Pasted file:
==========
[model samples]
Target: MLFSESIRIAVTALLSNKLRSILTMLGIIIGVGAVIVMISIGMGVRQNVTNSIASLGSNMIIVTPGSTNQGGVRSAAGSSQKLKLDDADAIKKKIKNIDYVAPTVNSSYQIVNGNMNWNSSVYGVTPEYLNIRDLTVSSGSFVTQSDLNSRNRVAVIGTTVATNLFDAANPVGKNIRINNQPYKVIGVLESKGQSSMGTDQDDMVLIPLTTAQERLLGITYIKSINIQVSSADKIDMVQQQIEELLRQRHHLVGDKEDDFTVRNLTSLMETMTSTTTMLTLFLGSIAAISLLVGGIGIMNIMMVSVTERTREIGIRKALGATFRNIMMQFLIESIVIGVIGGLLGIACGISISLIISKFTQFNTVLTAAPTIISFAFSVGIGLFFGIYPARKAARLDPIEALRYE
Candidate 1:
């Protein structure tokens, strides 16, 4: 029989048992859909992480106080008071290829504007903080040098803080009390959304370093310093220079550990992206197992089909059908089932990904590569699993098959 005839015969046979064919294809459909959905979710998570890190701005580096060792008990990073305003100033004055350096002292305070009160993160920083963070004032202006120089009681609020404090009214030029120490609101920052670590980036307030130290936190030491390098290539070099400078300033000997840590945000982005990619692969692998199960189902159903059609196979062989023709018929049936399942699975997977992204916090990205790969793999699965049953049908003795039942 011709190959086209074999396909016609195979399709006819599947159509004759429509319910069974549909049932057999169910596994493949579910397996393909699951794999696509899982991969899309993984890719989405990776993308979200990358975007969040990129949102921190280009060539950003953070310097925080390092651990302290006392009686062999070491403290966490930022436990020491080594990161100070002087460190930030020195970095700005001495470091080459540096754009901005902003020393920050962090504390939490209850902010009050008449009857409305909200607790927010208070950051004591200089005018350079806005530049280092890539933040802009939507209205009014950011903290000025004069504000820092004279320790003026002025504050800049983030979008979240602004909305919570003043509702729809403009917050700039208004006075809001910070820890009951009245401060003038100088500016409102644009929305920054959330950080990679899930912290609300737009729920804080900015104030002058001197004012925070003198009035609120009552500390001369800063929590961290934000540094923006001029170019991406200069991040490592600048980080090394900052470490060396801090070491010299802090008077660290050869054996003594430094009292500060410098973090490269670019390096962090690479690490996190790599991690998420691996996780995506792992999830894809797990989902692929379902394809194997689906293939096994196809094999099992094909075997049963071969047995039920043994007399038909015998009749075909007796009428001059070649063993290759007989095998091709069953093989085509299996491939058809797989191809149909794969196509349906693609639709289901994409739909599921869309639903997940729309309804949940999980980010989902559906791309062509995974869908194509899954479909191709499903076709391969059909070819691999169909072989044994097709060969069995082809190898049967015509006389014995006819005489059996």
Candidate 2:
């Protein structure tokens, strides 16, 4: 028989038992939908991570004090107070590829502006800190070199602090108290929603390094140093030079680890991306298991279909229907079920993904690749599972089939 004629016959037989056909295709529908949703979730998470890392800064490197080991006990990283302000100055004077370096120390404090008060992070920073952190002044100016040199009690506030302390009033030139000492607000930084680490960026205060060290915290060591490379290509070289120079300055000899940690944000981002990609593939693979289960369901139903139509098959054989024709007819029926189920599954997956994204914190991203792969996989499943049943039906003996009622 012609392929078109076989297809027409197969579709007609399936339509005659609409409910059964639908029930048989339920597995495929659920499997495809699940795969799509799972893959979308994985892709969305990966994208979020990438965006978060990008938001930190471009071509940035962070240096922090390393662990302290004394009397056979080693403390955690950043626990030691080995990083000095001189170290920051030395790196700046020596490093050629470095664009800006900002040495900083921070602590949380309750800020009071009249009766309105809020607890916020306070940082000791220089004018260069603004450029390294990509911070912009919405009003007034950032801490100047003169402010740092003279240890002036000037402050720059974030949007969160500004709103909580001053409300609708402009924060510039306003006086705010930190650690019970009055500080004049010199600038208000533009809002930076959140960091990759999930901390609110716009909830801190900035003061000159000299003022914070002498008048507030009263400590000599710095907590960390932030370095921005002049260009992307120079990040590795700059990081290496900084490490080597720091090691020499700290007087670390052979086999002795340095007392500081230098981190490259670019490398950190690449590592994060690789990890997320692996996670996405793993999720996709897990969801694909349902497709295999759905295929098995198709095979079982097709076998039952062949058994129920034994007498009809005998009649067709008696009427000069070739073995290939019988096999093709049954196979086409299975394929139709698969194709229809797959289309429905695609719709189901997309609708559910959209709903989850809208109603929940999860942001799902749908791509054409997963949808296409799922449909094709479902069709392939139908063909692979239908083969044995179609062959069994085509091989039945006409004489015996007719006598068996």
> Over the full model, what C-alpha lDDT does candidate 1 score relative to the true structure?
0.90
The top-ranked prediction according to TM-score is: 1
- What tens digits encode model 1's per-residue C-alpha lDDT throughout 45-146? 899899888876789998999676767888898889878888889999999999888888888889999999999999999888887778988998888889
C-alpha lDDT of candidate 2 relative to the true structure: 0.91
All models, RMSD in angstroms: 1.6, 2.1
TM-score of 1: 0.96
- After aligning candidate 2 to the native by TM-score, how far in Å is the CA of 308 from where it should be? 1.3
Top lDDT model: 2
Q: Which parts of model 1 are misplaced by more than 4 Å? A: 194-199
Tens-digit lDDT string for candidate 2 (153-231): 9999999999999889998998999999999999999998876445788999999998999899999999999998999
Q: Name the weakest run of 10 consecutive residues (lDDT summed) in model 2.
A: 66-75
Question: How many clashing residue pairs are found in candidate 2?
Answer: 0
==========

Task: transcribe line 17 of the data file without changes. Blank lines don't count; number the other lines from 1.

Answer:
Tens-digit lDDT string for candidate 2 (153-231): 9999999999999889998998999999999999999998876445788999999998999899999999999998999